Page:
Published on Tue May 25 2021

A simple permutation-based test of intermodal correspondence

Weinstein, S. M., Vandekar, S. N., Adebimpe, A., Tapera, T. M., Robert-Fitzgerald, T., Gur, R. C., Gur, R. E., Raznahan, A., Satterthwaite, T. D., Alexander-Bloch, A. F., Shinohara, R. T.

Many key findings in neuroimaging studies involve similarities between brain maps. Current state-of-the-art methods involve comparing observed group-level brain maps against spatial null models. We propose using subject-level data and a classical permutation testing framework.

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Abstract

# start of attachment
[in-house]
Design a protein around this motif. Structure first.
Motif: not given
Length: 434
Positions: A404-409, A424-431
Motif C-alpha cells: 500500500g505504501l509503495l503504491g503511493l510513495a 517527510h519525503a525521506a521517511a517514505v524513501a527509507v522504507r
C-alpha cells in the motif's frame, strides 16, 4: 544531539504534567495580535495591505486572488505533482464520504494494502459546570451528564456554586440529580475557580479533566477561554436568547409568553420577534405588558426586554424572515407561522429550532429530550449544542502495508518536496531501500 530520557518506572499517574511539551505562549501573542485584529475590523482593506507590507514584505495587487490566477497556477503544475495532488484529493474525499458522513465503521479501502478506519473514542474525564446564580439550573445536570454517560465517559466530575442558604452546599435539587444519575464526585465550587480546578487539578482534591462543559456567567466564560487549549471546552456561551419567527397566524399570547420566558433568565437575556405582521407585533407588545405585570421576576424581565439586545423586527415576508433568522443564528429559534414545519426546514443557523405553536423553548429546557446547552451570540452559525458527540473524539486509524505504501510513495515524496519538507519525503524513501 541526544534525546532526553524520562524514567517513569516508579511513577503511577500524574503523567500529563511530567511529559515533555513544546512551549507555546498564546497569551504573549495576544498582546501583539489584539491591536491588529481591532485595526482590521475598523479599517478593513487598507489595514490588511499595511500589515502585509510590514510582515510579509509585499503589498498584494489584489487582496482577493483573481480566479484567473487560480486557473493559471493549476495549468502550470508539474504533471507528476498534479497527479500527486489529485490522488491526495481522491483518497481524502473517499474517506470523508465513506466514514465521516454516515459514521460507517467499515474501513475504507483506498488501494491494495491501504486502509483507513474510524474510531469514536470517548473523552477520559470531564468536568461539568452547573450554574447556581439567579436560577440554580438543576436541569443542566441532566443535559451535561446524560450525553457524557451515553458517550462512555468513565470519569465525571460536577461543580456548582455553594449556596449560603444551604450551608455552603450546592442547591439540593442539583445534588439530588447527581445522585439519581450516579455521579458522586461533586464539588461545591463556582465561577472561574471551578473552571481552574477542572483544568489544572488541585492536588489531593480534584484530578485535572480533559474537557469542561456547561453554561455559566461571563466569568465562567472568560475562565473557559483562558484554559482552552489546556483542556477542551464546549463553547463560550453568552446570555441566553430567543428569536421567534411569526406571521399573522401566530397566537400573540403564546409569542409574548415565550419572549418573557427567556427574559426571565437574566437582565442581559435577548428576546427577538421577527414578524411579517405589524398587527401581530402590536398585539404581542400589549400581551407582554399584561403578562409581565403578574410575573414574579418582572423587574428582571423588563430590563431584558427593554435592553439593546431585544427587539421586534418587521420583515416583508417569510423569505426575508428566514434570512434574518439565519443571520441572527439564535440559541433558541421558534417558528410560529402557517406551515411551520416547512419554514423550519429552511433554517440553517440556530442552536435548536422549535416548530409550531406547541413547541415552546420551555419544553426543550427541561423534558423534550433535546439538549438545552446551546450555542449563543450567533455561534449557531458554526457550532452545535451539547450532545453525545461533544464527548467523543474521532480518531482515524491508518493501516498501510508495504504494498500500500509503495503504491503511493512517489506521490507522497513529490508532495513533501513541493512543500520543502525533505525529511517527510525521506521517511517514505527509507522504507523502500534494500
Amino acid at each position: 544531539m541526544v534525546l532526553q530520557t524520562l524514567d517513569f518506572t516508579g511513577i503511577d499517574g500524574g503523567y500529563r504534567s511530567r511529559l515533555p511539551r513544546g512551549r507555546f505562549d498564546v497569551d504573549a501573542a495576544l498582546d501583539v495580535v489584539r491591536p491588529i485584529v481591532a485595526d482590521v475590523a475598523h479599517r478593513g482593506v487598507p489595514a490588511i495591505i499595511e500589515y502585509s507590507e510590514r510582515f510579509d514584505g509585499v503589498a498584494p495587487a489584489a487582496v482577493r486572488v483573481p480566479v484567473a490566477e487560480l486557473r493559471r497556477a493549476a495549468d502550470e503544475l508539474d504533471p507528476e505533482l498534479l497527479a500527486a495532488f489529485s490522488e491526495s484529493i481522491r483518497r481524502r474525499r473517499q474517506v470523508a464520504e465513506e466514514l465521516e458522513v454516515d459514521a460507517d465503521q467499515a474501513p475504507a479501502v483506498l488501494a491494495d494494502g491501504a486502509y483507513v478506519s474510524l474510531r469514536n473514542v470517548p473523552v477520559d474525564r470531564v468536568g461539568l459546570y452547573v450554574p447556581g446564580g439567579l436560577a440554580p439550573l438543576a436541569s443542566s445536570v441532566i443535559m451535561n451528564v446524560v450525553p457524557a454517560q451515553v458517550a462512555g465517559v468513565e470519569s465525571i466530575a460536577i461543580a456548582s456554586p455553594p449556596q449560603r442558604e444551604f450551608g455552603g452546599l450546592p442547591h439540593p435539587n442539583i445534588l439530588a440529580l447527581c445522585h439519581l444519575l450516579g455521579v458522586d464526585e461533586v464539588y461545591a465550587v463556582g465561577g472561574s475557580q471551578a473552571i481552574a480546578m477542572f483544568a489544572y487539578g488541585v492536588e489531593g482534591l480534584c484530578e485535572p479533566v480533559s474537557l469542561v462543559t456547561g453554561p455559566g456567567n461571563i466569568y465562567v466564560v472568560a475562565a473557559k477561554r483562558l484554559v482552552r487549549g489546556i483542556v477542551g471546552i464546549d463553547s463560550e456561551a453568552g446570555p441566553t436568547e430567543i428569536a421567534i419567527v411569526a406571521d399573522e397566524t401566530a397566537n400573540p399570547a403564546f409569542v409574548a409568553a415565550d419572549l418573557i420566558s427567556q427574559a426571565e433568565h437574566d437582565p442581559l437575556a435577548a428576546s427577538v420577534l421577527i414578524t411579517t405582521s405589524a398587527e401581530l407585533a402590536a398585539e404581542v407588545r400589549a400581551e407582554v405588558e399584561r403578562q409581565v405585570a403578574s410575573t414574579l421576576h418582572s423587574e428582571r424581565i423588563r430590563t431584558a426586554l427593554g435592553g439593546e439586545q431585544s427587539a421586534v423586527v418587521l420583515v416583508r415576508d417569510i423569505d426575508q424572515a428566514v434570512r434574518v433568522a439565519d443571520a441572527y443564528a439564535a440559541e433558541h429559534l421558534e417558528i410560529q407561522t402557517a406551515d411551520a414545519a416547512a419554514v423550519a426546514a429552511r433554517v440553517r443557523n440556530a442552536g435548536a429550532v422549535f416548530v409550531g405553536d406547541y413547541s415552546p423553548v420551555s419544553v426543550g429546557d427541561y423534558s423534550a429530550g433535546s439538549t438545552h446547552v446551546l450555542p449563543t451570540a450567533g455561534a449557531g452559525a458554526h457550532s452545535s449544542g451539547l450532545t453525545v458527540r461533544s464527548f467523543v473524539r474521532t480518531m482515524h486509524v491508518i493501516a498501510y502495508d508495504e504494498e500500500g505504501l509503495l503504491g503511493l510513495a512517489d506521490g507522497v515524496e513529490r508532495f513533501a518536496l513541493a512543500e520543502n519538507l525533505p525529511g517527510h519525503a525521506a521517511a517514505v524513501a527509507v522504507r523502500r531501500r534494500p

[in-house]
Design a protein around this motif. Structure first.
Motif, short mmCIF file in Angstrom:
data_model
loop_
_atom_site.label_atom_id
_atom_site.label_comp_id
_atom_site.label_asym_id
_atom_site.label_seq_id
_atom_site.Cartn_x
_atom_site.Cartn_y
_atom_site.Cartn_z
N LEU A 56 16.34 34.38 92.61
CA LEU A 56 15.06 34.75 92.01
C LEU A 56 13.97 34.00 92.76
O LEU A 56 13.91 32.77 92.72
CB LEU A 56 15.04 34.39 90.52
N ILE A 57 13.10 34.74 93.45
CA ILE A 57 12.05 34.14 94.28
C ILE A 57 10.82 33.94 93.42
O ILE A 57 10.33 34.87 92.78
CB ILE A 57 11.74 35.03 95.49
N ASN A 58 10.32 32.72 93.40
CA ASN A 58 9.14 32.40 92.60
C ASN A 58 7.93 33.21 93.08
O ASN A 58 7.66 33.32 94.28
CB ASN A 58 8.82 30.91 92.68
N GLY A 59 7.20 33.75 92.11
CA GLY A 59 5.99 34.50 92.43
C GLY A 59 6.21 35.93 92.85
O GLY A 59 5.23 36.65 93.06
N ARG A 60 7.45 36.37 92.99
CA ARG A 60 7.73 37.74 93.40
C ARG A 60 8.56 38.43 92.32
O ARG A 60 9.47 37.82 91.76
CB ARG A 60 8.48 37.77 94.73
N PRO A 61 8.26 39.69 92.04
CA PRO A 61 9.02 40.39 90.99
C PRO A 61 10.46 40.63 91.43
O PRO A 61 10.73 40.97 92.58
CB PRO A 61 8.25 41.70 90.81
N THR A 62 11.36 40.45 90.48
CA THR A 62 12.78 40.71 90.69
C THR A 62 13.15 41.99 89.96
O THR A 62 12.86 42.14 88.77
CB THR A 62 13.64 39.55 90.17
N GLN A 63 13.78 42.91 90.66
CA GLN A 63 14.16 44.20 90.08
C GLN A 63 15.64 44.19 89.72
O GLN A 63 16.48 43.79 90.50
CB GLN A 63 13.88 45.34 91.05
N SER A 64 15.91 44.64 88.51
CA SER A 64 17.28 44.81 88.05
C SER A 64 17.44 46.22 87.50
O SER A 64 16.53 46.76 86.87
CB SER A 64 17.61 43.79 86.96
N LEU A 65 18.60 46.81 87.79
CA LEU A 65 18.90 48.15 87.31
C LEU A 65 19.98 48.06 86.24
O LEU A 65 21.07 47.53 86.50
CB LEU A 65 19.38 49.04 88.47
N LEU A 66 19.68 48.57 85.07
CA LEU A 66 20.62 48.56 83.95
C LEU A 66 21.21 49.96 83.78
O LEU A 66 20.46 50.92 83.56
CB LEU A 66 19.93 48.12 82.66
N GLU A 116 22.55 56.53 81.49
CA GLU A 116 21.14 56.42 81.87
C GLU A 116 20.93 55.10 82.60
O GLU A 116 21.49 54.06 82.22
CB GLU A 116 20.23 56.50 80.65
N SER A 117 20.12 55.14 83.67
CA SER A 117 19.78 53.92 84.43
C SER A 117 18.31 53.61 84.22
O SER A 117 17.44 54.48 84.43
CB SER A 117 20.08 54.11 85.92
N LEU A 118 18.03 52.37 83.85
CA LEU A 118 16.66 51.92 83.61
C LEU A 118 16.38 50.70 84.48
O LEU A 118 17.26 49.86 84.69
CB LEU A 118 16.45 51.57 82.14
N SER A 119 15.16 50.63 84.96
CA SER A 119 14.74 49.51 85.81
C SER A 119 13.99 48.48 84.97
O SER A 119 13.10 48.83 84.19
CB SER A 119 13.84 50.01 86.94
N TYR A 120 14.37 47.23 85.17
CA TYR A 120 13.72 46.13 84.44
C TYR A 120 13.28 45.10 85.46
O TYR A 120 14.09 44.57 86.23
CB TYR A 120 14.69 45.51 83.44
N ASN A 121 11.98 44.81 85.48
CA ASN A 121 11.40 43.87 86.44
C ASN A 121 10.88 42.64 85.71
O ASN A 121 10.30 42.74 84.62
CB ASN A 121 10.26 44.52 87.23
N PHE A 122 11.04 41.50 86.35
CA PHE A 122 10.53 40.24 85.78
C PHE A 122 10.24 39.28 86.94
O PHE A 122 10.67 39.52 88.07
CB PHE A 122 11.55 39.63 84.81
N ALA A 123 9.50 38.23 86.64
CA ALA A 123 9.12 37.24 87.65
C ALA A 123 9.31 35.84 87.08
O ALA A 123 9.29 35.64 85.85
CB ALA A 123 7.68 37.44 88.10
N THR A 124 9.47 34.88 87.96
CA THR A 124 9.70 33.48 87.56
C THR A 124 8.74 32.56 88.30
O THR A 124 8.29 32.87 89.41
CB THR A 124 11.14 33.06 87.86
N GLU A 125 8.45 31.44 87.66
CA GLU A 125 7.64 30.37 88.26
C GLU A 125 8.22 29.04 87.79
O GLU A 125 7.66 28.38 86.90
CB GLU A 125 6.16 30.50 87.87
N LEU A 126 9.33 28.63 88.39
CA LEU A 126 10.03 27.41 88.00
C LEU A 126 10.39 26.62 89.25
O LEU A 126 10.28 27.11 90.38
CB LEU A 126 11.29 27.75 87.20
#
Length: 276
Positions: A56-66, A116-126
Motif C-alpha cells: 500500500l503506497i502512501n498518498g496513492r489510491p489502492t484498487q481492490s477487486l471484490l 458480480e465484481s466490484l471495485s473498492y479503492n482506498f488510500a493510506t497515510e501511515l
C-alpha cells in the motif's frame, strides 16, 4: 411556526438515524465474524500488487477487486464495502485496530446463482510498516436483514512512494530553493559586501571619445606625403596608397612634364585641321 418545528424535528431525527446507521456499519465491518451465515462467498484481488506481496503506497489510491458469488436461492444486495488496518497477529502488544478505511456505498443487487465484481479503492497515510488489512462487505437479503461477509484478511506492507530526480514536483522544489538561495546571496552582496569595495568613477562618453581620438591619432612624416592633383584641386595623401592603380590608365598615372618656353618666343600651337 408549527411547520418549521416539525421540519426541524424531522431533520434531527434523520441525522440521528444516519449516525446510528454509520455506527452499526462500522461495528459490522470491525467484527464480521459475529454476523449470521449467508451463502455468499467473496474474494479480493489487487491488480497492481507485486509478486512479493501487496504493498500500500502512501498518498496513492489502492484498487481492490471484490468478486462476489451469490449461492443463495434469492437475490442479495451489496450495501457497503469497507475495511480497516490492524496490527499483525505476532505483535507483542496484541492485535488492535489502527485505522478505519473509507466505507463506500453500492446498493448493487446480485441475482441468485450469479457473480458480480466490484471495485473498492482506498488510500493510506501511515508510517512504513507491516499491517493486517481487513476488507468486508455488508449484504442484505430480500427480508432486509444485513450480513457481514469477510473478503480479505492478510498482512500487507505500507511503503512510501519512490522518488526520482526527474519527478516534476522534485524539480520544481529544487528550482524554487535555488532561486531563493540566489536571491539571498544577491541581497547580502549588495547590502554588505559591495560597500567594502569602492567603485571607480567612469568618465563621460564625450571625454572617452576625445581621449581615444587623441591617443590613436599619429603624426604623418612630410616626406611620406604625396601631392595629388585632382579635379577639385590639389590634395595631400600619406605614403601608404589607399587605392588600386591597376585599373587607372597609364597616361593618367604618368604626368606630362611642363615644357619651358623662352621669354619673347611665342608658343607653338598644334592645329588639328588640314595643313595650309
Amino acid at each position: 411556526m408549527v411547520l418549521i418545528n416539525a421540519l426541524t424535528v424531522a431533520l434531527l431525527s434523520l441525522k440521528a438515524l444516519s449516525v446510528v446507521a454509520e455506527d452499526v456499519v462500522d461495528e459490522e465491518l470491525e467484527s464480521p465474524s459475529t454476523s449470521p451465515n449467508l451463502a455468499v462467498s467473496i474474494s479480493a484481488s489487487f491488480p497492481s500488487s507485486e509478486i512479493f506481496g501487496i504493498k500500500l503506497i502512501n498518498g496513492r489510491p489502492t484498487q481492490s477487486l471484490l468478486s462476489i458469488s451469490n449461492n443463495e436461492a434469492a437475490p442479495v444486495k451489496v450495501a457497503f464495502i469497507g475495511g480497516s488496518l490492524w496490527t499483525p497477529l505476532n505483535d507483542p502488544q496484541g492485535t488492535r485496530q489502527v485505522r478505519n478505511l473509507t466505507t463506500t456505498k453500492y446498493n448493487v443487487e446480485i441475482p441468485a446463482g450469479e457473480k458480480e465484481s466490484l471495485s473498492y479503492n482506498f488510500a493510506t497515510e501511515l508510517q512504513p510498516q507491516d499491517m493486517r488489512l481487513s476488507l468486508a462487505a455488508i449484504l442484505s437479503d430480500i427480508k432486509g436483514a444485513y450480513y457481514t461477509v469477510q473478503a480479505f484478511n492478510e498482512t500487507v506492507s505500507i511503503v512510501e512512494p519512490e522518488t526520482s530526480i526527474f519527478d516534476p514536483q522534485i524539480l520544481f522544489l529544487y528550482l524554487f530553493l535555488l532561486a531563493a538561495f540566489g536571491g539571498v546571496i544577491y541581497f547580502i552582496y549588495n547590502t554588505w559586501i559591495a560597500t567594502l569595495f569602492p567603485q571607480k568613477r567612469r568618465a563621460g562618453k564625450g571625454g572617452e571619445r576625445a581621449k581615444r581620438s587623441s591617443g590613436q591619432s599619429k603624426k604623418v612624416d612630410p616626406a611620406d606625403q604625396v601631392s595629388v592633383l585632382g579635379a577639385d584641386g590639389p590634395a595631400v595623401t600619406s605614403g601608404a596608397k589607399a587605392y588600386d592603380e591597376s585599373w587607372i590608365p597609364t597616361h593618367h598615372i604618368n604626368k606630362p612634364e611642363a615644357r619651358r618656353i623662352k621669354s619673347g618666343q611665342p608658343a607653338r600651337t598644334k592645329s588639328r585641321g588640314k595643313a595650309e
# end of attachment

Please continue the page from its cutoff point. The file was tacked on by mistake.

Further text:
Many key findings in neuroimaging studies involve similarities between brain maps, but statistical methods used to measure these findings have varied. Current state-of-the-art methods involve comparing observed group-level brain maps (after averaging intensities at each image location across multiple subjects) against spatial null models of these group-level maps. However, these methods typically make strong and potentially unrealistic statistical assumptions, such as covariance stationarity. To address these issues, in this paper we propose using subject-level data and a classical permutation testing framework to test and assess similarities between brain maps. Our method is comparable to traditional permutation tests in that it involves randomly permuting subjects to generate a null distribution of intermodal correspondence statistics, which we compare to an observed statistic to estimate a p-value. We apply and compare our method in simulated and real neuroimaging data from the Philadelphia Neurodevelopmental Cohort. We show that our method performs well for detecting relationships between modalities known to be strongly related (cortical thickness and sulcal depth), and it is conservative when an association would not be expected (cortical thickness and activation on the n-back working memory task). Notably, our method is the most flexible and reliable for localizing intermodal relationships within subregions of the brain and allows for generalizable statistical inference.